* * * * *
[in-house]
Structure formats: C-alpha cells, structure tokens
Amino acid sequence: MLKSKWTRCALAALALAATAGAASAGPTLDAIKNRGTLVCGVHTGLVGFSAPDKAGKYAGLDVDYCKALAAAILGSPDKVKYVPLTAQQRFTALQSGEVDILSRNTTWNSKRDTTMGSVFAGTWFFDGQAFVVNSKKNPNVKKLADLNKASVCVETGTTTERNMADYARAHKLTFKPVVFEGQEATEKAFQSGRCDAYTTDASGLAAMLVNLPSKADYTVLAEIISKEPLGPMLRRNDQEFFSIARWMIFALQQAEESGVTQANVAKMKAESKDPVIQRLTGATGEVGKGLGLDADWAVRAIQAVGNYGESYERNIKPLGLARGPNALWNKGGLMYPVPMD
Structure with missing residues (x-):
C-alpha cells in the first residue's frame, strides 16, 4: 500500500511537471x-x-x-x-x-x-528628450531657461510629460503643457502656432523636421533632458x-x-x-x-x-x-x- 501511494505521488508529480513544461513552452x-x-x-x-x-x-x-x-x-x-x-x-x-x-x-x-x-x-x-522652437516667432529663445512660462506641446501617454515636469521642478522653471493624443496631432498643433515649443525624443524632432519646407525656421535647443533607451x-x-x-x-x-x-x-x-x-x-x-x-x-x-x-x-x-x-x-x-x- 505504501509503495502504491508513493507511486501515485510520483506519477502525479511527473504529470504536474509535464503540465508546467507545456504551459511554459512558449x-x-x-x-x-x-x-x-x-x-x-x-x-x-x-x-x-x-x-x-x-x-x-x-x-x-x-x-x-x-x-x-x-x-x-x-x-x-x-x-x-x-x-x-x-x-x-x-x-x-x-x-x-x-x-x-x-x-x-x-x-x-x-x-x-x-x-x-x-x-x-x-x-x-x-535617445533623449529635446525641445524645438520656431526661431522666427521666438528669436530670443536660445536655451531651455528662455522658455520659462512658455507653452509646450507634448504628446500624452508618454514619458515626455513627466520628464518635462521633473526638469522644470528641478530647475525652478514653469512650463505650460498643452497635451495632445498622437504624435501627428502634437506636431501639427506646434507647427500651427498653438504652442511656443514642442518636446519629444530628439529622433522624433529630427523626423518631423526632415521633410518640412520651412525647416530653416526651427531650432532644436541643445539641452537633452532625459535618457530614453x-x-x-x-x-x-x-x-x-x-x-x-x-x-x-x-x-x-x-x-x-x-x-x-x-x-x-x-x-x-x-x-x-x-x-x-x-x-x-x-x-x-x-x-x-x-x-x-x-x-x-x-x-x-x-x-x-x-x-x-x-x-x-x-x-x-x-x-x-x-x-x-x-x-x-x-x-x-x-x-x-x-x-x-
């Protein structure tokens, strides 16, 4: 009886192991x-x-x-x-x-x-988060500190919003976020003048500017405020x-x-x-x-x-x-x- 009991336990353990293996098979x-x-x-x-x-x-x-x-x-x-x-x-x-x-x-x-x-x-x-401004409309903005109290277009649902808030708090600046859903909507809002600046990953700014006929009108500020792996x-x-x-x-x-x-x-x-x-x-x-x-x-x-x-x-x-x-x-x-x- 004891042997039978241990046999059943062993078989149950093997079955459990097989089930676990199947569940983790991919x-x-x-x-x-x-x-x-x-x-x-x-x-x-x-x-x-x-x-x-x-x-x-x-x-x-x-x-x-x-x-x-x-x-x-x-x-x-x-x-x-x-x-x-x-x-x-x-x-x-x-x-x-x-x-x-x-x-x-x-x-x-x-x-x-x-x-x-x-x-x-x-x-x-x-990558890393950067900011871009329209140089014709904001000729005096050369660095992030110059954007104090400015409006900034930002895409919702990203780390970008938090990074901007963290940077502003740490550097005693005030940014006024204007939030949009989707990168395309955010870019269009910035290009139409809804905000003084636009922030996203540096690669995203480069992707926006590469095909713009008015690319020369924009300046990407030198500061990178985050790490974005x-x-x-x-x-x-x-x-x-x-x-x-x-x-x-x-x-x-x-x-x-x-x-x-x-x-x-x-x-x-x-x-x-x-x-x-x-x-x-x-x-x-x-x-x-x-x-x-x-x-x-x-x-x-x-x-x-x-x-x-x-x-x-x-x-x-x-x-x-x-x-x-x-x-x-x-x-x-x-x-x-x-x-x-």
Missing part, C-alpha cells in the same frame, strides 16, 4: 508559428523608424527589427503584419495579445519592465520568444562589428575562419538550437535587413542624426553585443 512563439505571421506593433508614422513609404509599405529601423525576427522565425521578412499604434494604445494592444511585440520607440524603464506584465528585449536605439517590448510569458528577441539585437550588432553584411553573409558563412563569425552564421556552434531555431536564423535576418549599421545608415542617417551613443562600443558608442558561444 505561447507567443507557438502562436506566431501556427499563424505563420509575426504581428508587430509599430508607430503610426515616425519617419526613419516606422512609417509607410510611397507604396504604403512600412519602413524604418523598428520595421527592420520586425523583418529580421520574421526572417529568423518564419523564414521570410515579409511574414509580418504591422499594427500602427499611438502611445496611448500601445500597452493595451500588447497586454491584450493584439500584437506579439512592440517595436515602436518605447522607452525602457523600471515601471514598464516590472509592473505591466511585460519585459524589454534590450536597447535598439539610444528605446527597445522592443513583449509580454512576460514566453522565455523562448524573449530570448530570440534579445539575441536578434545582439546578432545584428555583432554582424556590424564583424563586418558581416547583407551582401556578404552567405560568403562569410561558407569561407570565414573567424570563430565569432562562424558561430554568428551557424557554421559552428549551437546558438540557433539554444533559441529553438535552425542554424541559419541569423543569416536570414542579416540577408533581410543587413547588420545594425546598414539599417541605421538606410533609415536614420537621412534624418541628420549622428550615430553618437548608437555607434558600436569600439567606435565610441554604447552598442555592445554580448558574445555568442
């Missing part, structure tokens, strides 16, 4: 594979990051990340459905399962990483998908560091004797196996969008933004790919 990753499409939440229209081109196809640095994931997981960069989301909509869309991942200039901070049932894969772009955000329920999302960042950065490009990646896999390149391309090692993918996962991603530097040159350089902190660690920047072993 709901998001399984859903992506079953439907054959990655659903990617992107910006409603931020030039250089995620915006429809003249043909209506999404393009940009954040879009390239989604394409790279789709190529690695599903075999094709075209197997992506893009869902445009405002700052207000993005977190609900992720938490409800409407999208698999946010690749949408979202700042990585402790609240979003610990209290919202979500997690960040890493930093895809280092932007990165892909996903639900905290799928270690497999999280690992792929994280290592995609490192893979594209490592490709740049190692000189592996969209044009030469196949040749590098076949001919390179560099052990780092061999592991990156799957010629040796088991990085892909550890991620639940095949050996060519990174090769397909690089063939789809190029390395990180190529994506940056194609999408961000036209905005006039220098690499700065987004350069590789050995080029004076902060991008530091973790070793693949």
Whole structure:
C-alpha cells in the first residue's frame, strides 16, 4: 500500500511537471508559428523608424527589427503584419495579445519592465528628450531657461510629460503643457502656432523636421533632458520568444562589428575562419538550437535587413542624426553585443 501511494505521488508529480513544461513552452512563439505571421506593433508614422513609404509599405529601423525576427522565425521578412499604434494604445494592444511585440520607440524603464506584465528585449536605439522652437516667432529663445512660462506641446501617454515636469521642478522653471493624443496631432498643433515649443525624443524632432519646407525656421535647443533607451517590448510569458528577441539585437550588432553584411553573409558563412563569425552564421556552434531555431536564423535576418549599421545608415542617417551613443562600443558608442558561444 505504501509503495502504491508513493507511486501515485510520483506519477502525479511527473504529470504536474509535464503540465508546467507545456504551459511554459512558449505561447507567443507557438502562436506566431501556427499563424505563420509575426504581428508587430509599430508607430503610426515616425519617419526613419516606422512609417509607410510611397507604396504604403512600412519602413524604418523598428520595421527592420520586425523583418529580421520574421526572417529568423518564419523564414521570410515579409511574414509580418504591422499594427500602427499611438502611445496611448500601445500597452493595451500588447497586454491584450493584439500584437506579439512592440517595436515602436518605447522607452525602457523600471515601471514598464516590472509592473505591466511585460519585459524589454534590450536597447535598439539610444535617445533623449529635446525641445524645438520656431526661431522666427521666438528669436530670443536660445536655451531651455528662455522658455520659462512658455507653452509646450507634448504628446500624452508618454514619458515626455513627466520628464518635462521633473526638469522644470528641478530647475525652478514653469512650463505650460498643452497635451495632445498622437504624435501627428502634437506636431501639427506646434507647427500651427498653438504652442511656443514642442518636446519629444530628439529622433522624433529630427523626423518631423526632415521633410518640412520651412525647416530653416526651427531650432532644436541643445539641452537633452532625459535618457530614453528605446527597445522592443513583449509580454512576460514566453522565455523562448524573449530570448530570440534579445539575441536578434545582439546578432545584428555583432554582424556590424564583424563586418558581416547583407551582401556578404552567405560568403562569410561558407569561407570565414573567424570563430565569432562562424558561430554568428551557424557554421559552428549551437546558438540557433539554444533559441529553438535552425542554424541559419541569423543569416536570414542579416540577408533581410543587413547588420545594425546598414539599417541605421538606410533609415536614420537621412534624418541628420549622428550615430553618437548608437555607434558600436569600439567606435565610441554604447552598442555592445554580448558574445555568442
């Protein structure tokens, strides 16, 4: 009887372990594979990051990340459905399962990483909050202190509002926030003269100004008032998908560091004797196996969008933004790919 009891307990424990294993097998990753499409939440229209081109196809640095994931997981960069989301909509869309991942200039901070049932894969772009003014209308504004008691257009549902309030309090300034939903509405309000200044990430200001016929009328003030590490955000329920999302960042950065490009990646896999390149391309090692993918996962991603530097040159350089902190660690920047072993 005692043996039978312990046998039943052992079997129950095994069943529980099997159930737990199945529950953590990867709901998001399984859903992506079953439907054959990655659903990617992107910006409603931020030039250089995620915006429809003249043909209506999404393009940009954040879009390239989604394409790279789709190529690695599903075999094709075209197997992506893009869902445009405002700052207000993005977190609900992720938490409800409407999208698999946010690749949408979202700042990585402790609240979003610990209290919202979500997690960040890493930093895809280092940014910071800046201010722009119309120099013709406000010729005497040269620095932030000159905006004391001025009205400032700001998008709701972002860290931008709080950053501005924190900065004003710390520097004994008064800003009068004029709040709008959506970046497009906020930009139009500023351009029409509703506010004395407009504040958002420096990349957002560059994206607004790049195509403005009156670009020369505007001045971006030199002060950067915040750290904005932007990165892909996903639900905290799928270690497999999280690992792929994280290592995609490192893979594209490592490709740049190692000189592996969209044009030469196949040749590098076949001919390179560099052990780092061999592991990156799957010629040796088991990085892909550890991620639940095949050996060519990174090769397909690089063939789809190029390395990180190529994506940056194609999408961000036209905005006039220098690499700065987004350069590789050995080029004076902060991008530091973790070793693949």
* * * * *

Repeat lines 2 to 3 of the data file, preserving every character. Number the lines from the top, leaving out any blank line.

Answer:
Structure formats: C-alpha cells, structure tokens
Amino acid sequence: MLKSKWTRCALAALALAATAGAASAGPTLDAIKNRGTLVCGVHTGLVGFSAPDKAGKYAGLDVDYCKALAAAILGSPDKVKYVPLTAQQRFTALQSGEVDILSRNTTWNSKRDTTMGSVFAGTWFFDGQAFVVNSKKNPNVKKLADLNKASVCVETGTTTERNMADYARAHKLTFKPVVFEGQEATEKAFQSGRCDAYTTDASGLAAMLVNLPSKADYTVLAEIISKEPLGPMLRRNDQEFFSIARWMIFALQQAEESGVTQANVAKMKAESKDPVIQRLTGATGEVGKGLGLDADWAVRAIQAVGNYGESYERNIKPLGLARGPNALWNKGGLMYPVPMD